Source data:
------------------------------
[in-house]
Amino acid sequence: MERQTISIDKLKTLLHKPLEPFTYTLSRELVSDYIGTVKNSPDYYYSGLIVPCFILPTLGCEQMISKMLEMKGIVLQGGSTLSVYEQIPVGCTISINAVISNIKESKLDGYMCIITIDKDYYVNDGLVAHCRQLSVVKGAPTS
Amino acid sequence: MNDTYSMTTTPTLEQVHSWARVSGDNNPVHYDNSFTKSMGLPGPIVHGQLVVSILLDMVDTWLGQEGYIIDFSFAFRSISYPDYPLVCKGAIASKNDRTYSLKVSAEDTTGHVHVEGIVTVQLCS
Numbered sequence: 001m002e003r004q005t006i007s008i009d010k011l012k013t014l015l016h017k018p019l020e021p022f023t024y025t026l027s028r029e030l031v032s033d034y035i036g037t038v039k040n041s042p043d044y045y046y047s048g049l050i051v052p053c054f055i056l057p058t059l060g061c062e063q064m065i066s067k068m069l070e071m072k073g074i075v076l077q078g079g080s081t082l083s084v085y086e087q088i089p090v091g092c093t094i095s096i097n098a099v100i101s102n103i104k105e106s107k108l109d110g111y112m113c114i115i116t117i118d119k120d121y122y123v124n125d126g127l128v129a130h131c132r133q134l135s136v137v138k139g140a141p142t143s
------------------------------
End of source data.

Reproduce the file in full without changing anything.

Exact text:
[in-house]
Amino acid sequence: MERQTISIDKLKTLLHKPLEPFTYTLSRELVSDYIGTVKNSPDYYYSGLIVPCFILPTLGCEQMISKMLEMKGIVLQGGSTLSVYEQIPVGCTISINAVISNIKESKLDGYMCIITIDKDYYVNDGLVAHCRQLSVVKGAPTS
Amino acid sequence: MNDTYSMTTTPTLEQVHSWARVSGDNNPVHYDNSFTKSMGLPGPIVHGQLVVSILLDMVDTWLGQEGYIIDFSFAFRSISYPDYPLVCKGAIASKNDRTYSLKVSAEDTTGHVHVEGIVTVQLCS
Numbered sequence: 001m002e003r004q005t006i007s008i009d010k011l012k013t014l015l016h017k018p019l020e021p022f023t024y025t026l027s028r029e030l031v032s033d034y035i036g037t038v039k040n041s042p043d044y045y046y047s048g049l050i051v052p053c054f055i056l057p058t059l060g061c062e063q064m065i066s067k068m069l070e071m072k073g074i075v076l077q078g079g080s081t082l083s084v085y086e087q088i089p090v091g092c093t094i095s096i097n098a099v100i101s102n103i104k105e106s107k108l109d110g111y112m113c114i115i116t117i118d119k120d121y122y123v124n125d126g127l128v129a130h131c132r133q134l135s136v137v138k139g140a141p142t143s